Bugs have other defense mechanisms as well. Although it won't deter a good diver, the long antennae are used to defend against smaller fish like the kelp bass when they get too close. I have seen lobster use these appendages very effectively against many species of fish. On several occasions I have seen them seem to defend blacksmith that were sheltering at night from hungry kelp bass. The spines on the antennae are quite irritating when they are used to whip the intruder. Of course they are useless when a giant sea bass decides to suck up a bug or 10 (I'm told they don't adhere to the legal limit).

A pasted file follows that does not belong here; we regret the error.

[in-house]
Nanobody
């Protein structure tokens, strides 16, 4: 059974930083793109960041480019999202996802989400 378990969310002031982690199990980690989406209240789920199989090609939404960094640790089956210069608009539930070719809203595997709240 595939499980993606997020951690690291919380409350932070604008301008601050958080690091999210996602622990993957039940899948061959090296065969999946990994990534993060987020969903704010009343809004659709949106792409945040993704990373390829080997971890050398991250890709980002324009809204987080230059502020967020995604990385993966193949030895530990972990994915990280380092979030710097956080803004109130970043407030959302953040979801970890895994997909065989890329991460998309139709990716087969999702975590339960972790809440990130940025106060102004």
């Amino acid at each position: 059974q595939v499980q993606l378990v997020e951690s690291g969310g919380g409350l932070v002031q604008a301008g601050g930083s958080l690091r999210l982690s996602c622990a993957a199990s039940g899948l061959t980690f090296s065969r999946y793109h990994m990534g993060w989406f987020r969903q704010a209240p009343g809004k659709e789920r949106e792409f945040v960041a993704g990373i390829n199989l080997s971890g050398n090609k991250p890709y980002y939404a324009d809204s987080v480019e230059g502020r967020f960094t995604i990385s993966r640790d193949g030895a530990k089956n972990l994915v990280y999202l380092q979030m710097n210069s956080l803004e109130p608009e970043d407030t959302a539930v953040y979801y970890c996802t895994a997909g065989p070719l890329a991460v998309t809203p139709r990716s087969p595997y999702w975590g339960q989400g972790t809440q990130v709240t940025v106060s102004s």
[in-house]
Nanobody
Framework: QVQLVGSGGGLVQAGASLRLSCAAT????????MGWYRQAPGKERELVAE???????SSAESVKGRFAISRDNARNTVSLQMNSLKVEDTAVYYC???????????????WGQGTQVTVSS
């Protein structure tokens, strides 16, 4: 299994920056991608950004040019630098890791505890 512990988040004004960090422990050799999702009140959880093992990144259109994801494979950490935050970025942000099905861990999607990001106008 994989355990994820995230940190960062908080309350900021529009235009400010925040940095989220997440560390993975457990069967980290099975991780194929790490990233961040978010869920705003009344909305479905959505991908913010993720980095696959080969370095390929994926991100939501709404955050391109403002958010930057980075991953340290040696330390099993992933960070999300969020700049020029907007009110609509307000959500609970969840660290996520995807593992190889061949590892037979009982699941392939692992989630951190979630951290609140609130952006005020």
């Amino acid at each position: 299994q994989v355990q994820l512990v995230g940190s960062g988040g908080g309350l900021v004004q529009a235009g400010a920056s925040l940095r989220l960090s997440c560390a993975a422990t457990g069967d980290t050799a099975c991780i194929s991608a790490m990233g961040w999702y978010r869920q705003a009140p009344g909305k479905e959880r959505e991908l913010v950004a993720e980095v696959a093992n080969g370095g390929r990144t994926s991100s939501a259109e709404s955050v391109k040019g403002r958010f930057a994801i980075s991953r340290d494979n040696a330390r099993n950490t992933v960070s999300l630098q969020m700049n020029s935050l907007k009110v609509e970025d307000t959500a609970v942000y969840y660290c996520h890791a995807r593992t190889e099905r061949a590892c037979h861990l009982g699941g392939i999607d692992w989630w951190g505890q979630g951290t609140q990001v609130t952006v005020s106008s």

You often hear of the "fight or flight" option when facing danger. Well, lobster are not especially good fighters so flight is usually their better option. No, I'm not suggesting they go airborn like baitfish being chased by yellowtail. However, they can use their tail to jet away from danger quite quickly. Many times while diving at night I've had lobster crash into my neoprene clad body as I was filming. That often makes the footage a little jumpy, so on such occasions I have to edit it out. Based on the footage I have saved, this jetting response takes less than a tenth of a second to send them way out of camera range.